Help Us Save This Exceptional Mill!

Restoration Plan

Many visitors to the Cedar Point Mill over the last twenty or thirty years have walked away, feeling that it could not be saved. Our restoration team believes otherwise, but it will not be easy. Significant structural issues must be resolved before restoration can begin. Once the structural issues have been addressed, restoring the mill will be relatively systematic. This website will be updated as we progress and the restoration plan evolves.

The restoration will focus on the original stone structure completed in 1875. The wood and tin addition from 1903 has been removed. In so doing the impressive south face of the stone structure not seen by the public since 1903 has been revealed. The cut stone façade with the 1875 Drinkwater &Schriver keystone at the top was hidden for 112 years bv the 1903 granary.  Over the entrance is a cut stone header with the words “Wyoming Mills”, which was apparently used as a marketing name for the mill when it first began operations. Research is ongoing as to what significance that mysterious name has to the mill. The south façade reminds visitors of other Chase County limestone structures, including the iconic Chase County Court House.

By removing the 1903 addition, the scope of the project has been reduced significantly. It permits the team to focus on the essential elements of the mill: a classic Chase County limestone exterior with an elegant interior, which will provide an excellent venue where the mill’s story can be told.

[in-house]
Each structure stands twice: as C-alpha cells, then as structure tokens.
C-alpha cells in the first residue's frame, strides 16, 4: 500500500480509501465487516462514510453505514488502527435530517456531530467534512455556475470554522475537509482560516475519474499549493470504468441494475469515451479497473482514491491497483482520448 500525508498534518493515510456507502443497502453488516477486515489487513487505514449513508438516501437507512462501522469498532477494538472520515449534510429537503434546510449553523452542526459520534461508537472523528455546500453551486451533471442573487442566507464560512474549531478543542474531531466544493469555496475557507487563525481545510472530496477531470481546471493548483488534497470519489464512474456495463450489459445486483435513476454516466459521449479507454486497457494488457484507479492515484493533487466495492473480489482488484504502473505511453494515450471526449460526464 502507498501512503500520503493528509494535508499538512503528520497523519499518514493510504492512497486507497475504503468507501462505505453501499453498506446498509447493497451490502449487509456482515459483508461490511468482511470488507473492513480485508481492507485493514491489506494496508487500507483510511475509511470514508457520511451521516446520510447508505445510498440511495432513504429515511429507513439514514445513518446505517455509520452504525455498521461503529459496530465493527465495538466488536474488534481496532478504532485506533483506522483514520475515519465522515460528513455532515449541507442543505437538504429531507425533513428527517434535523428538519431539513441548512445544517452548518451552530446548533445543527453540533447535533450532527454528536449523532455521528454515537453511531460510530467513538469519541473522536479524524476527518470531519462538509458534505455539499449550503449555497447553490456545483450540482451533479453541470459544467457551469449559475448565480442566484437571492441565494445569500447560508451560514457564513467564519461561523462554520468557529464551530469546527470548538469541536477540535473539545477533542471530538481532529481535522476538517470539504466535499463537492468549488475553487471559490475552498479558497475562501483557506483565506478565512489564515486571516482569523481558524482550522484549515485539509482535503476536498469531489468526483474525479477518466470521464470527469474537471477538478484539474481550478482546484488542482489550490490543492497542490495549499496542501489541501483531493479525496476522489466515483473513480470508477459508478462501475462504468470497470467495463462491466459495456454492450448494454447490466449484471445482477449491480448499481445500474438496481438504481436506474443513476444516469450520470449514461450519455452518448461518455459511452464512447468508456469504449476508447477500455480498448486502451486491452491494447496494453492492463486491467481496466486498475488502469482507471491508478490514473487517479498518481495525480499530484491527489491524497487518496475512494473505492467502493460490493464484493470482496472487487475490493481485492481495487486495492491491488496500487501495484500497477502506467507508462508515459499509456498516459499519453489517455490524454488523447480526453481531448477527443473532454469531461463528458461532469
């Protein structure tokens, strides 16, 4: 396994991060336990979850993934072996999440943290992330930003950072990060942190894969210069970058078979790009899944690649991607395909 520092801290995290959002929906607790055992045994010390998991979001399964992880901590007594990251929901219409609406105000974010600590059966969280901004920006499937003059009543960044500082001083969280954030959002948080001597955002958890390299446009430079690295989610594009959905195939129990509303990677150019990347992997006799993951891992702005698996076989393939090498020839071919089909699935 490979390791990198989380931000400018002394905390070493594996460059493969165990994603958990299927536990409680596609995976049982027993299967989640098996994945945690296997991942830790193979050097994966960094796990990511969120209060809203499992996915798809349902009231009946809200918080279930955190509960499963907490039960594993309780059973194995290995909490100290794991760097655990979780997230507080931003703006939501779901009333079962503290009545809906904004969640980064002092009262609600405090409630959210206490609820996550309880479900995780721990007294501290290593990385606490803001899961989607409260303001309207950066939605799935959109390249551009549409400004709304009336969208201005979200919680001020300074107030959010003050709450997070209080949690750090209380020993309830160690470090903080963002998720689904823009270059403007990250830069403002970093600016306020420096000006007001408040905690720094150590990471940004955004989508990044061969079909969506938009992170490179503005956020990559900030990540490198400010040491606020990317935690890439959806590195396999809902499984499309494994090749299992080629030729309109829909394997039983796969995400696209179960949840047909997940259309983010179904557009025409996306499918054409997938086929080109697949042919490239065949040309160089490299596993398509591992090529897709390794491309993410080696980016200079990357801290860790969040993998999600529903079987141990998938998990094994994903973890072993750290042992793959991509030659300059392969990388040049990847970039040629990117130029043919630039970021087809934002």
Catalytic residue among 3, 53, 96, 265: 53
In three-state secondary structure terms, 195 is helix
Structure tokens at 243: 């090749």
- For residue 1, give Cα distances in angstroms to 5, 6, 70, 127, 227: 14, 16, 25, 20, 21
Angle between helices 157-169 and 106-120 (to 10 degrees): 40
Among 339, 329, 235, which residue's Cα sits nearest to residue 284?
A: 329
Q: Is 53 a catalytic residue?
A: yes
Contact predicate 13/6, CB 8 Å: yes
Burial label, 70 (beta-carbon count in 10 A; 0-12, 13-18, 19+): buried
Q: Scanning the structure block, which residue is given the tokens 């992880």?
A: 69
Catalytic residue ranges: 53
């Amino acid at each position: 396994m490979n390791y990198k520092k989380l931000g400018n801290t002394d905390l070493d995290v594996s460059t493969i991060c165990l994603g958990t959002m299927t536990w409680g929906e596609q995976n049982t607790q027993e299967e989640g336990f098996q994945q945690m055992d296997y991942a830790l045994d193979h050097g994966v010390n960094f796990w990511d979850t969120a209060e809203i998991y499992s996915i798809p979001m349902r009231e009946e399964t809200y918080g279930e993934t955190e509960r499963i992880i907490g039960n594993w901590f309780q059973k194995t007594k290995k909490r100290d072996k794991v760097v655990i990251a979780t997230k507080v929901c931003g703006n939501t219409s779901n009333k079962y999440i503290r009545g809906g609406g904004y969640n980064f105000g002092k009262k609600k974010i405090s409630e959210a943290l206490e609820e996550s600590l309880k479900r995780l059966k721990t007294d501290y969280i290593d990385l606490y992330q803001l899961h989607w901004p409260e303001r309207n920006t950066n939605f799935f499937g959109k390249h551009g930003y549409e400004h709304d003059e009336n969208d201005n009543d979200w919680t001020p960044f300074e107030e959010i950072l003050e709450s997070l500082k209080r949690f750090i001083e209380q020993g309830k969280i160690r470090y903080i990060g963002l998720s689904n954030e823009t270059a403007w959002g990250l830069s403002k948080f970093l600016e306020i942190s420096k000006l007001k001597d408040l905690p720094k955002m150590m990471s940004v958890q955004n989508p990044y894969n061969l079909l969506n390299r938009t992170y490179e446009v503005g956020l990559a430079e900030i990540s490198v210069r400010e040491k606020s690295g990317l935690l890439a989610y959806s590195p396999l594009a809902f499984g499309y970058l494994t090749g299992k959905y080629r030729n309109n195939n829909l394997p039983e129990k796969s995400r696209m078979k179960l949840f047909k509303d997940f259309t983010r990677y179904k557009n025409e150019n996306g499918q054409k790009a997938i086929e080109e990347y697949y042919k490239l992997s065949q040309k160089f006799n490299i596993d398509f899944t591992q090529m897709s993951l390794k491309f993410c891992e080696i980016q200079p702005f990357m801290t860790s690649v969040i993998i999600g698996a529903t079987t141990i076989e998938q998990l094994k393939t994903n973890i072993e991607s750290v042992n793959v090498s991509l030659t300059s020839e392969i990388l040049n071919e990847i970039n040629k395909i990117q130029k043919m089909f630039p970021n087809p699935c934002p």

The completed structure will house a museum demonstrating the elegant simplicity of a grist mill, which is really a laboratory well suited to the study of physics. The river’s current powers the system of pulleys and belts, which run the augers to send the grain to the top of the mill and a system of wooden chutes allow gravity to send the cleaned and separated grain back down to ground level, where it is ground into flour and bagged for shipping to mill customers around the country.

The ultimate objective for the mill is that it become an historic site, welcoming visitors to the mill with guided tours on the inside, and a parklike setting along the river surrounding the mill. There are few places on earth more tranquil than sitting on a river bank listening to water falling over a dam. Having an iconic, elegant structure to appreciate as you enjoy this bucolic setting puts the icing on the cake. The mill will also house a small gift shop, selling books and souvenirs celebrating grist mills, Chase County and this wonderful mill.